The First Meeting: There’s usually a breakdown—and a word of caution—about what the marriage contract means in Islam. “The couple has to mutually agree to everything that goes into the contract,” says Khalid Latif, an imam and the director of NYU’s Islamic Center. “You can say, ‘Here are certain things we agree to, like our kids will be homeschooled.’ If a condition isn’t met in the contract, it can serve as grounds for divorce.” You’ll also discuss what you want the ceremony to look like, including how to keep it celebratory and uplifting. “I’ve heard some horror stories, like imams who talked about the Iraq War,” Latif says.

Typical Spiel: A five-to-ten-minute general marriage sermon, which includes certain verses from the Koran and the ideas of love and marriage in Islam. Qay-yoom usually talks about the five principles of marriage in Islam: “Patience, compromise, sacrifice, cooperation, and communication.”

Cost: From $300.

... A Nonreligious Celebrant

The Overview: Celebrants perform civil ceremonies and work best for couples who want some spirituality in their ceremony (read poignant, not preachy) or are from different cultural backgrounds and want a wedding that blends some unique traditions. “The benefit of working with a celebrant is that I am in service to the couple and not to any institution,” says Susan Turchin, a New York celebrant and interfaith minister.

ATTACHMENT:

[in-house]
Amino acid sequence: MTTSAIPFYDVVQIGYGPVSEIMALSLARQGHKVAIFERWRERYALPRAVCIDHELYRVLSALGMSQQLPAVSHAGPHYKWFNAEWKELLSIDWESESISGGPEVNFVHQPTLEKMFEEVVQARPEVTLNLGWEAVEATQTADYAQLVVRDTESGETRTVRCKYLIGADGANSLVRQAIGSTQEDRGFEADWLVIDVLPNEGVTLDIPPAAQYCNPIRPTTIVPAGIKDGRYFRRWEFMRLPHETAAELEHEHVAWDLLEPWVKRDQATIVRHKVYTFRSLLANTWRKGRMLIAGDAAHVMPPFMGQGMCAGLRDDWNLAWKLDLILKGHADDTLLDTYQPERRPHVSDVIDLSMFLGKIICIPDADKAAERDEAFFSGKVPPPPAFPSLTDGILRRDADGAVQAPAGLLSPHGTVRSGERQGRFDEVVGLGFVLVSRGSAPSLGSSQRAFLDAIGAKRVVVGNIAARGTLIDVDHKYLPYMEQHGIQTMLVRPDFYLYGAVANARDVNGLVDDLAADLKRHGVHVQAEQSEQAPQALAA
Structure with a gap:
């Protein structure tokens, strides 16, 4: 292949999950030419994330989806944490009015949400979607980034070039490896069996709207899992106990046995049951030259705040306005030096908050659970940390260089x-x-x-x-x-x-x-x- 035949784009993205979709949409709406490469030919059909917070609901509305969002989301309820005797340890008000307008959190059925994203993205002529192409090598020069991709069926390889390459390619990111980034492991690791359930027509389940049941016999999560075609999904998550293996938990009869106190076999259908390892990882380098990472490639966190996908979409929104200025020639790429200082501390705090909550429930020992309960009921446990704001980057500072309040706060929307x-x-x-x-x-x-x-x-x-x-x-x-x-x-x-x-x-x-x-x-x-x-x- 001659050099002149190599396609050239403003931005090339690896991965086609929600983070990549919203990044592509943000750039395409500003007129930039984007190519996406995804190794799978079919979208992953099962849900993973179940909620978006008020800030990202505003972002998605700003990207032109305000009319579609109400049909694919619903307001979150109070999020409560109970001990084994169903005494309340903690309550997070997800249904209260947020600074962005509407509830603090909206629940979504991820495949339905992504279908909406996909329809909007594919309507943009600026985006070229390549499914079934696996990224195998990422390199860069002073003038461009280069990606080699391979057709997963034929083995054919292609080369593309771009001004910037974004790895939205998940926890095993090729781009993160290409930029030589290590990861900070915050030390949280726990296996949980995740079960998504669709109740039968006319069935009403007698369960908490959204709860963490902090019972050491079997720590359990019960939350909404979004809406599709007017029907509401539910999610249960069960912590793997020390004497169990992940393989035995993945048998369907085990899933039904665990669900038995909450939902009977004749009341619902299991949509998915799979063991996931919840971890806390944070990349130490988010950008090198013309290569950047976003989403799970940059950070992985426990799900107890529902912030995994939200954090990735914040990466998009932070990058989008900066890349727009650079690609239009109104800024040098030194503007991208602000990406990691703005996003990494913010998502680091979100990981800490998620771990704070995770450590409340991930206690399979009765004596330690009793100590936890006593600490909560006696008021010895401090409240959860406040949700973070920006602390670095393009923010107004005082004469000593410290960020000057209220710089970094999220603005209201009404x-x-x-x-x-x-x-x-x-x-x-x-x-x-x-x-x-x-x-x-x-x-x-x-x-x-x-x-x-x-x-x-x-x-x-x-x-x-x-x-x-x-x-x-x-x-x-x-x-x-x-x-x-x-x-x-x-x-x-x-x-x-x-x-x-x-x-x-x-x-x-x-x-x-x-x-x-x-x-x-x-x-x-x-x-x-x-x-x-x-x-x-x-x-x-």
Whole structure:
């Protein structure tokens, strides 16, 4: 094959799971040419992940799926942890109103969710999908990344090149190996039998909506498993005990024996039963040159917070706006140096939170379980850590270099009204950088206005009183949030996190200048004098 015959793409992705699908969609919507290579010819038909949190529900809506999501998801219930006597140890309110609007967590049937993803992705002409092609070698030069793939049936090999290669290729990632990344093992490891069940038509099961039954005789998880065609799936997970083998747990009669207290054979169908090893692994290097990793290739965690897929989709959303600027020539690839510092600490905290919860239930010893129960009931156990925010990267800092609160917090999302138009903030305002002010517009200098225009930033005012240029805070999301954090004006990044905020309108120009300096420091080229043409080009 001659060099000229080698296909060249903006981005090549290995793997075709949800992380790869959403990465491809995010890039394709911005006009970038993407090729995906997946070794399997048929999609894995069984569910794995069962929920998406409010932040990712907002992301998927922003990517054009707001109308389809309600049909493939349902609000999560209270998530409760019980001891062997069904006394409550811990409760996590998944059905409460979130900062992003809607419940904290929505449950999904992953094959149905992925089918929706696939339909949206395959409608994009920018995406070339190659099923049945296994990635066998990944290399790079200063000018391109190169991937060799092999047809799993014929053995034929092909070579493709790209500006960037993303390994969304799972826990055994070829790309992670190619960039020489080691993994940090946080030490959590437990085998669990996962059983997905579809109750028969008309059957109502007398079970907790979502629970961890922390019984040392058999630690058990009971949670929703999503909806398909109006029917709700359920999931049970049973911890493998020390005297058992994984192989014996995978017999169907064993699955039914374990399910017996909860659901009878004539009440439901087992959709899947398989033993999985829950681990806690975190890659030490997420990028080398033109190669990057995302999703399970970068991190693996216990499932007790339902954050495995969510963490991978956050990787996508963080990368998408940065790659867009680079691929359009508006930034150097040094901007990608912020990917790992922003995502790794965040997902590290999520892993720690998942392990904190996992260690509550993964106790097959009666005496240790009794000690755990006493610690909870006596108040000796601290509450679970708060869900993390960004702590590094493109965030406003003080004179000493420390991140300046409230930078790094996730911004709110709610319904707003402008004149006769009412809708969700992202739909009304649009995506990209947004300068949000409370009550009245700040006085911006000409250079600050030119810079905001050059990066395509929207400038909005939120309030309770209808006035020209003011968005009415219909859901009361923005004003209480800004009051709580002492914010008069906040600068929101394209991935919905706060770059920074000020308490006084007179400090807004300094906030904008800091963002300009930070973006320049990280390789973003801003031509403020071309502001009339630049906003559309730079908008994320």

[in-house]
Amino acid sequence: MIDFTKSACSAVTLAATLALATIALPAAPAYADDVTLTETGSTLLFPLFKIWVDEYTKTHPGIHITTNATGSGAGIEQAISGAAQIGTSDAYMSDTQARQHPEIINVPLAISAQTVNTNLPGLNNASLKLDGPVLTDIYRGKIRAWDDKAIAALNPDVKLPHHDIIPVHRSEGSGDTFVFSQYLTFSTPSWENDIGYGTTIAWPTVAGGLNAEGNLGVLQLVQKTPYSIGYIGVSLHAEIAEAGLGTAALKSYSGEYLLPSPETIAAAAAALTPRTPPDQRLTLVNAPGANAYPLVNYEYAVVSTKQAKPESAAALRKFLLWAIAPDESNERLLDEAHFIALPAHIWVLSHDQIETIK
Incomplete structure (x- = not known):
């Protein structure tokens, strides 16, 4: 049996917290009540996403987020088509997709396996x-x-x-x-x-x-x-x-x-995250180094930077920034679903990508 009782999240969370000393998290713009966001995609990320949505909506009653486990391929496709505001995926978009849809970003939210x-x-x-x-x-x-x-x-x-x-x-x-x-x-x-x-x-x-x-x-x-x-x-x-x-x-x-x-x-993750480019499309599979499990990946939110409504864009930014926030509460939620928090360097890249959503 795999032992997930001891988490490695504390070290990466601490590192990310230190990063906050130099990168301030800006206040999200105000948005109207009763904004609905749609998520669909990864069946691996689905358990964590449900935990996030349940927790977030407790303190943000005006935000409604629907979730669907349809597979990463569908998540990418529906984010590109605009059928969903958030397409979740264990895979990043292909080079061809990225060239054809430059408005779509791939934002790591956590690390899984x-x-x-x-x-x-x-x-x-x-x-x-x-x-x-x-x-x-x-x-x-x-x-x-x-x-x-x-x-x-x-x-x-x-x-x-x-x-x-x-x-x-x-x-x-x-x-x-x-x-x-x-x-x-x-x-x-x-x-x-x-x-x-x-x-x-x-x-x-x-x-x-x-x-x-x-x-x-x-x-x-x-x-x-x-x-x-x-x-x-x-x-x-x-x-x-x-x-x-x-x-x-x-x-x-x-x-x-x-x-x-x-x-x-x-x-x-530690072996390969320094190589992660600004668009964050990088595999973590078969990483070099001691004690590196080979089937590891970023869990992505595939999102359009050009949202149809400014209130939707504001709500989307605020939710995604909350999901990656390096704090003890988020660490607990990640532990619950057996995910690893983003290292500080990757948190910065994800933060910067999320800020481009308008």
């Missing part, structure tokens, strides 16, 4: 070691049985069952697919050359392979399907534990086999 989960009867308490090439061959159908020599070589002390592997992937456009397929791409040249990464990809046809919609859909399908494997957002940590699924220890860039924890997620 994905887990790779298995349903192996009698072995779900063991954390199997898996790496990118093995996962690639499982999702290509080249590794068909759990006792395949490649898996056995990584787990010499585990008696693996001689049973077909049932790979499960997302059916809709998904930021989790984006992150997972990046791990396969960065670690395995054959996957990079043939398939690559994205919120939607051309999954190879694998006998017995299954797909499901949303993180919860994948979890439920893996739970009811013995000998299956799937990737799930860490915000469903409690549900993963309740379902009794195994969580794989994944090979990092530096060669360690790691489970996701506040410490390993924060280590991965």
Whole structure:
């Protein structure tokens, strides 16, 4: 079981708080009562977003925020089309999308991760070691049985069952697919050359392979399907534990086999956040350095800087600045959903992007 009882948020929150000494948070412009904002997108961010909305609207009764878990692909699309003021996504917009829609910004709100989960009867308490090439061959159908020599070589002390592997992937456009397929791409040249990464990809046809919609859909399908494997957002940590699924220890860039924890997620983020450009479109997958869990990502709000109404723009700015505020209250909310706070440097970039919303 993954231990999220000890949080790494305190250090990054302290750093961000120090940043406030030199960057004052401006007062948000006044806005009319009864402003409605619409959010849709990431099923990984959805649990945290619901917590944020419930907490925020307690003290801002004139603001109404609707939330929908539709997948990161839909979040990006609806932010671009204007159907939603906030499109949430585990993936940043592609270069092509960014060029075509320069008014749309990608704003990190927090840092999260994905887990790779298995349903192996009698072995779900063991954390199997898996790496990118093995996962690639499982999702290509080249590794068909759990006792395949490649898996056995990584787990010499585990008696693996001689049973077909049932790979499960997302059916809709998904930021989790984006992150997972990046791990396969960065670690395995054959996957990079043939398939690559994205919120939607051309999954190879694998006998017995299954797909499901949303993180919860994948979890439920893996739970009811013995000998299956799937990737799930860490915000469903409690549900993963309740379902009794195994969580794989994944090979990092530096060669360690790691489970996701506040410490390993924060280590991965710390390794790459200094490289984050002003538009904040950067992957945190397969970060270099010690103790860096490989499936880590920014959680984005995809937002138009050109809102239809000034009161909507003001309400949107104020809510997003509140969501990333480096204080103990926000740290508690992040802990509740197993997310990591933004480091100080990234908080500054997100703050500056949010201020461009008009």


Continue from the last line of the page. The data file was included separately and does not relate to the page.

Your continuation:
Get in Touch: Four to six months before the wedding.

The First Meeting: You should feel comfortable asking the celebrant anything, says Turchin. “I like when couples basically interview me,” she says. “Then I’ll ask probing questions to get to know the couple.” Expect touchy-feely-type questions based on your first impressions of each other, if there’s anything unique about your wedding bands, what the proposal was like, how important your ethnic origins are to you, and what your hopes and aspirations are for the marriage. You’ll leave with homework, like ideas for readings.

Typical Spiel: Sarah Ritchie, a New York wedding celebrant, often explains how the couple met, quoting from the story the couple told her. “I believe this retelling sets the stage and reflects the couple’s emotional closeness. And when I’m using their words, that takes the focus off me and keeps it on them.”

Cost: From $650.

... A Friend